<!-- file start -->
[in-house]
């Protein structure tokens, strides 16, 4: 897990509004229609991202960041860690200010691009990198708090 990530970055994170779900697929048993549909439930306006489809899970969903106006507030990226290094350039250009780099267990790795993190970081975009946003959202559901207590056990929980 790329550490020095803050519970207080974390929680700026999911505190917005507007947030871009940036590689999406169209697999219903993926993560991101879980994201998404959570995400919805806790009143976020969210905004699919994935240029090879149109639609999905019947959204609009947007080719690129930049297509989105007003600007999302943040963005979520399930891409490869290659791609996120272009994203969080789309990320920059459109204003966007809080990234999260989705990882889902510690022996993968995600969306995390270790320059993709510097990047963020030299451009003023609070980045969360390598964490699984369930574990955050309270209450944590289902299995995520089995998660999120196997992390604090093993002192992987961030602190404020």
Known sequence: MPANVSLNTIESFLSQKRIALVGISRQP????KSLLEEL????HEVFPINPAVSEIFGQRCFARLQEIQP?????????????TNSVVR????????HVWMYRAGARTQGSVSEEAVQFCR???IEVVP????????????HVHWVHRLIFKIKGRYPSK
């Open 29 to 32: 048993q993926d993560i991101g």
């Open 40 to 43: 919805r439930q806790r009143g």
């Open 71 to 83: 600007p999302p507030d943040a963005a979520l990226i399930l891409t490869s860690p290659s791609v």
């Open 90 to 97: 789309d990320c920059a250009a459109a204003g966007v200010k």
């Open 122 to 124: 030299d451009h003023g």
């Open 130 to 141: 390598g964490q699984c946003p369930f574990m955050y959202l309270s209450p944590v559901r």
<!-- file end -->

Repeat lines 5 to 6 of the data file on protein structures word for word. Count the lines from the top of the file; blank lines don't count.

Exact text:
């Open 40 to 43: 919805r439930q806790r009143g």
């Open 71 to 83: 600007p999302p507030d943040a963005a979520l990226i399930l891409t490869s860690p290659s791609v």